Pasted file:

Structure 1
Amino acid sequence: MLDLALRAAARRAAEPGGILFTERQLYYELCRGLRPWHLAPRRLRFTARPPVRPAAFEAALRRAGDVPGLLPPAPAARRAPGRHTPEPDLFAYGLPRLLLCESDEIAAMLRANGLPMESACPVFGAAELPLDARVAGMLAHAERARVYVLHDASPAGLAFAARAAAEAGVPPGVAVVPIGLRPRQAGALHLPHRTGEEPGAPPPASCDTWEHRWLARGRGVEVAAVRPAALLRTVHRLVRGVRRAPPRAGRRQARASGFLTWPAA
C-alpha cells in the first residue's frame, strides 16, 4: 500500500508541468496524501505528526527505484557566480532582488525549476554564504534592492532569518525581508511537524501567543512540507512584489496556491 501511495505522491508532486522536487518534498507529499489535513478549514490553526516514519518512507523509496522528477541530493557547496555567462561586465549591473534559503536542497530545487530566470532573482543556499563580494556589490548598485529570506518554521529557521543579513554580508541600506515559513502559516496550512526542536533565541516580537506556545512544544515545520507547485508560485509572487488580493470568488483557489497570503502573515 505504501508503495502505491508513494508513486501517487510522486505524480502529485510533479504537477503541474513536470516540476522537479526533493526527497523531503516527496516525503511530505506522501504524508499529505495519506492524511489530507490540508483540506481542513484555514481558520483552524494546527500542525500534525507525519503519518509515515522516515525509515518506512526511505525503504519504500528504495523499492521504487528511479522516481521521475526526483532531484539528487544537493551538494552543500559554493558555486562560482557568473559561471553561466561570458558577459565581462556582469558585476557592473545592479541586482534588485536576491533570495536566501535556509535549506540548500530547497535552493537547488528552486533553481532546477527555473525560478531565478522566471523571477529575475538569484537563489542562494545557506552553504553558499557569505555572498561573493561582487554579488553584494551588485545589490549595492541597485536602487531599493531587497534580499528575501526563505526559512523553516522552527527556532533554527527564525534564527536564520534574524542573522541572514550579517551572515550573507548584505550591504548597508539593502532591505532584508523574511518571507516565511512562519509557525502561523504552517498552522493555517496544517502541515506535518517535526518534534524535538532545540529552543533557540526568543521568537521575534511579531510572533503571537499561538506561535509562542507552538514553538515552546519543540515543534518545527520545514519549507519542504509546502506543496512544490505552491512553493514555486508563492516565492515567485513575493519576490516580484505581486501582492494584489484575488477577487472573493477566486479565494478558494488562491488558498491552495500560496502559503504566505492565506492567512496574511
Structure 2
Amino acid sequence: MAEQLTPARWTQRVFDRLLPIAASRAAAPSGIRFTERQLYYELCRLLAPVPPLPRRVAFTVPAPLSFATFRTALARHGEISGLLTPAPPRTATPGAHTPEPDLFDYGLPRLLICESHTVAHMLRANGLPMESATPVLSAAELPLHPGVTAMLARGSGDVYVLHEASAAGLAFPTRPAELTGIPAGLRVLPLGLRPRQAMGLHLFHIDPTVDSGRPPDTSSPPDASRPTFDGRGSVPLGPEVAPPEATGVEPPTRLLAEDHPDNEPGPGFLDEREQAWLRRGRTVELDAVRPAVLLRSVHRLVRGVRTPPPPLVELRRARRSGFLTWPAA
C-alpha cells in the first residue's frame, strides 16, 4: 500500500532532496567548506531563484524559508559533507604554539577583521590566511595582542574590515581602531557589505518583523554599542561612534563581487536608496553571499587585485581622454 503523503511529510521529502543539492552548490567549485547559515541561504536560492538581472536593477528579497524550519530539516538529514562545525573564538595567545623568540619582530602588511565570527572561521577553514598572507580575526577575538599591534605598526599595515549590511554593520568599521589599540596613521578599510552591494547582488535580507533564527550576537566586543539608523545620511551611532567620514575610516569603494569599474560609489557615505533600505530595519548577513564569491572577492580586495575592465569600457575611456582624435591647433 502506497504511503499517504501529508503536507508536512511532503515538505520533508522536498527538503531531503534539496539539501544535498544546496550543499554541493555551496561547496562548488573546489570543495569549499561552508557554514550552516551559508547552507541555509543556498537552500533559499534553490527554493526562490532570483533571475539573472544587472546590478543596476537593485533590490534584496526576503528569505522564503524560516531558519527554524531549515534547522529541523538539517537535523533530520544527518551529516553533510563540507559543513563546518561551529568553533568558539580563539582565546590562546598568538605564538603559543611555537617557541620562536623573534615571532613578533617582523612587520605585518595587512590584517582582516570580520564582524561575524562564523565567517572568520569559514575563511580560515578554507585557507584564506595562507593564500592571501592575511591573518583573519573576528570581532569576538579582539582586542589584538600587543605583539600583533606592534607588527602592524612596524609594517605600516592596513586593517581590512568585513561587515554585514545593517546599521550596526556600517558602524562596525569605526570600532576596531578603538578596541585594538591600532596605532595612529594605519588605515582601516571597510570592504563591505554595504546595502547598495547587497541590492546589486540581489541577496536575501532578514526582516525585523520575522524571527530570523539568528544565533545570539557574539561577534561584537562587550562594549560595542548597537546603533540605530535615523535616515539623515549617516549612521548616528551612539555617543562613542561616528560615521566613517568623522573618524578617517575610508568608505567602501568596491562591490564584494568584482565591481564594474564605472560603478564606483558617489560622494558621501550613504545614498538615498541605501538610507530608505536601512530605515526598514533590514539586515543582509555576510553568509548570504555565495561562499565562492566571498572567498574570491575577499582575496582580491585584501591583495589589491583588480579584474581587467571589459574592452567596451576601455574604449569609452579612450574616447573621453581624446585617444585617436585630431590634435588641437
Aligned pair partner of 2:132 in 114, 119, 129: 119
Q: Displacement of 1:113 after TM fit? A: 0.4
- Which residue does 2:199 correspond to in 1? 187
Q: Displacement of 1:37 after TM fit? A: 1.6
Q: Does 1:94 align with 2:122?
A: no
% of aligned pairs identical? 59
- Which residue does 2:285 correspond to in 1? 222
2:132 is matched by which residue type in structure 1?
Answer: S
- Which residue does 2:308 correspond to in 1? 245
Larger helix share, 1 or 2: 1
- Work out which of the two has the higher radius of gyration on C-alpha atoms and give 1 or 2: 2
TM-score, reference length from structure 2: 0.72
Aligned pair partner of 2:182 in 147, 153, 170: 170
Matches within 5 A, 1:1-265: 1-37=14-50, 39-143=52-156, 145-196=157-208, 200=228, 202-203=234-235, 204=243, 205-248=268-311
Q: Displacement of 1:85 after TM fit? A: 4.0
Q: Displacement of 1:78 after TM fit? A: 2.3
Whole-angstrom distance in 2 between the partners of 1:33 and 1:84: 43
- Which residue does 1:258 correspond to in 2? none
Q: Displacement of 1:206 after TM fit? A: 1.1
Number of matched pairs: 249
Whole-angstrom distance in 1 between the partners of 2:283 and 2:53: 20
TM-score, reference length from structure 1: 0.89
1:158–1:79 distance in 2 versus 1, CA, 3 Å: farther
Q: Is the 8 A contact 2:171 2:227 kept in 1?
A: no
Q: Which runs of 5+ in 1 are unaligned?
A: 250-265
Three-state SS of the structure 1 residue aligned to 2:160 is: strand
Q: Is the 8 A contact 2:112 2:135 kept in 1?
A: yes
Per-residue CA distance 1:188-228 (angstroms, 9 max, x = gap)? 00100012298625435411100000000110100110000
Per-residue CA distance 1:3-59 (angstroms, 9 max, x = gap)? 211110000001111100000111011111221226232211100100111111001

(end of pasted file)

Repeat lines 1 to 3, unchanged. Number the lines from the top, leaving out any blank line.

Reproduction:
Structure 1
Amino acid sequence: MLDLALRAAARRAAEPGGILFTERQLYYELCRGLRPWHLAPRRLRFTARPPVRPAAFEAALRRAGDVPGLLPPAPAARRAPGRHTPEPDLFAYGLPRLLLCESDEIAAMLRANGLPMESACPVFGAAELPLDARVAGMLAHAERARVYVLHDASPAGLAFAARAAAEAGVPPGVAVVPIGLRPRQAGALHLPHRTGEEPGAPPPASCDTWEHRWLARGRGVEVAAVRPAALLRTVHRLVRGVRRAPPRAGRRQARASGFLTWPAA
C-alpha cells in the first residue's frame, strides 16, 4: 500500500508541468496524501505528526527505484557566480532582488525549476554564504534592492532569518525581508511537524501567543512540507512584489496556491 501511495505522491508532486522536487518534498507529499489535513478549514490553526516514519518512507523509496522528477541530493557547496555567462561586465549591473534559503536542497530545487530566470532573482543556499563580494556589490548598485529570506518554521529557521543579513554580508541600506515559513502559516496550512526542536533565541516580537506556545512544544515545520507547485508560485509572487488580493470568488483557489497570503502573515 505504501508503495502505491508513494508513486501517487510522486505524480502529485510533479504537477503541474513536470516540476522537479526533493526527497523531503516527496516525503511530505506522501504524508499529505495519506492524511489530507490540508483540506481542513484555514481558520483552524494546527500542525500534525507525519503519518509515515522516515525509515518506512526511505525503504519504500528504495523499492521504487528511479522516481521521475526526483532531484539528487544537493551538494552543500559554493558555486562560482557568473559561471553561466561570458558577459565581462556582469558585476557592473545592479541586482534588485536576491533570495536566501535556509535549506540548500530547497535552493537547488528552486533553481532546477527555473525560478531565478522566471523571477529575475538569484537563489542562494545557506552553504553558499557569505555572498561573493561582487554579488553584494551588485545589490549595492541597485536602487531599493531587497534580499528575501526563505526559512523553516522552527527556532533554527527564525534564527536564520534574524542573522541572514550579517551572515550573507548584505550591504548597508539593502532591505532584508523574511518571507516565511512562519509557525502561523504552517498552522493555517496544517502541515506535518517535526518534534524535538532545540529552543533557540526568543521568537521575534511579531510572533503571537499561538506561535509562542507552538514553538515552546519543540515543534518545527520545514519549507519542504509546502506543496512544490505552491512553493514555486508563492516565492515567485513575493519576490516580484505581486501582492494584489484575488477577487472573493477566486479565494478558494488562491488558498491552495500560496502559503504566505492565506492567512496574511